Hawaii State Excise & Sales Tax: 41.7 Federal: 18.4 Total State & Federal: 60.1
Idaho State Excise & Sales Tax: 25.0 Federal: 18.4 Total State & Federal: 43.4
Illnois State Excise & Sales Tax: 36.1 Federal: 18.4 Total State & Federal: 54.5
Indiana State Excise & Sales Tax: 29.6 Federal: 18.4 Total State & Federal: 48.0
Iowa State Excise & Sales Tax: 21.7 Federal: 18.4 Total State & Federal: 40.1
Kansas State Excise & Sales Tax: 25.0 Federal: 18.4 Total State & Federal: 43.4
Kentucky State Excise & Sales Tax: 18.5 Federal: 18.4 Total State & Federal: 36.9
Louisiana State Excise & Sales Tax: 20.0 Federal: 18.4 Total State & Federal: 38.4
Maine State Excise & Sales Tax: 27.4 Federal: 18.4 Total State & Federal: 45.8
Maryland State Excise & Sales Tax: 23.5 Federal: 18.4 Total State & Federal: 41.9
Massachusetts State Excise & Sales Tax: 23.5 Federal: 18.4 Total State & Federal: 41.9
Michigan State Excise & Sales Tax: 34.0 Federal: 18.4 Total State & Federal: 52.4
Minnesota State Excise & Sales Tax: 22.0 Federal: 18.4 Total State & Federal: 40.4
Mississippi State Excise & Sales Tax: 18.8 Federal: 18.4 Total State & Federal: 37.2
Missouri State Excise & Sales Tax: 17.6 Federal: 18.4 Total State & Federal: 36.0
Montana State Excise & Sales Tax: 27.8 Federal: 18.4 Total State & Federal: 46.2
Nebraska State Excise & Sales Tax: 26.2 Federal: 18.4 Total State & Federal: 44.6
Nevada State Excise & Sales Tax: 33.5 Federal: 18.4 Total State & Federal: 51.9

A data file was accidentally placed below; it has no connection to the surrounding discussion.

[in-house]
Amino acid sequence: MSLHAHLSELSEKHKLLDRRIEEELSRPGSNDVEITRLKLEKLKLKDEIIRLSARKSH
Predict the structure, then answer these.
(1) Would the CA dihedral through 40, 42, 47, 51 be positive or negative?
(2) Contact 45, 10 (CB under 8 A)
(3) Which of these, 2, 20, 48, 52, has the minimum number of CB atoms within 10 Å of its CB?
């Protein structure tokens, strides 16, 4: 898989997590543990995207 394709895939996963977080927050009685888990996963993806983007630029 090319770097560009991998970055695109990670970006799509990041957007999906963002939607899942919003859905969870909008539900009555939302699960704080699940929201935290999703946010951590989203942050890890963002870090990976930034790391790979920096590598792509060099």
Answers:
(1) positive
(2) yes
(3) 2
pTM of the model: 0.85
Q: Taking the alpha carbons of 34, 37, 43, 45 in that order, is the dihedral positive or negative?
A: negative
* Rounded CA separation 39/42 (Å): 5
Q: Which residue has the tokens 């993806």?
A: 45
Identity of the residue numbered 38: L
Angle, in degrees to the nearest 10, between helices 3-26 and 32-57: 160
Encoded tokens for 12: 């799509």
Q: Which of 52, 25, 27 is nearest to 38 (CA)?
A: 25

New Hampshire State Excise & Sales Tax: 20.6 Federal: 18.4 Total State & Federal: 39.0
New Jersey State Excise & Sales Tax: 14.5 Federal: 18.4 Total State & Federal: 32.9
New Mexico State Excise & Sales Tax: 18.0 Federal: 18.4 Total State & Federal: 36.4
New York State Excise & Sales Tax: 44.5 Federal: 18.4 Total State & Federal: 62.9
North Carolina State Excise & Sales Tax: 26.4 Federal: 18.4 Total State & Federal: 44.8
North Dakota State Excise & Sales Tax: 23.0 Federal: 18.4 Total State & Federal: 41.4
Ohio State Excise & Sales Tax: 28.0 Federal: 18.4 Total State & Federal: 46.4
Oklahoma State Excise & Sales Tax: 17.0 Federal: 18.4 Total State & Federal: 35.4
Oregon State Excise & Sales Tax: 24.0 Federal: 18.4 Total State & Federal: 42.4
Pennsylvania State Excise & Sales Tax: 31.1 Federal: 18.4 Total State & Federal: 49.5
Rhode Island State Excise & Sales Tax: 31.0 Federal: 18.4 Total State & Federal: 49.4
South Carolina State Excise & Sales Tax: 16.8 Federal: 18.4 Total State & Federal: 35.2
South Dakota State Excise & Sales Tax: 24.0 Federal: 18.4 Total State & Federal: 42.4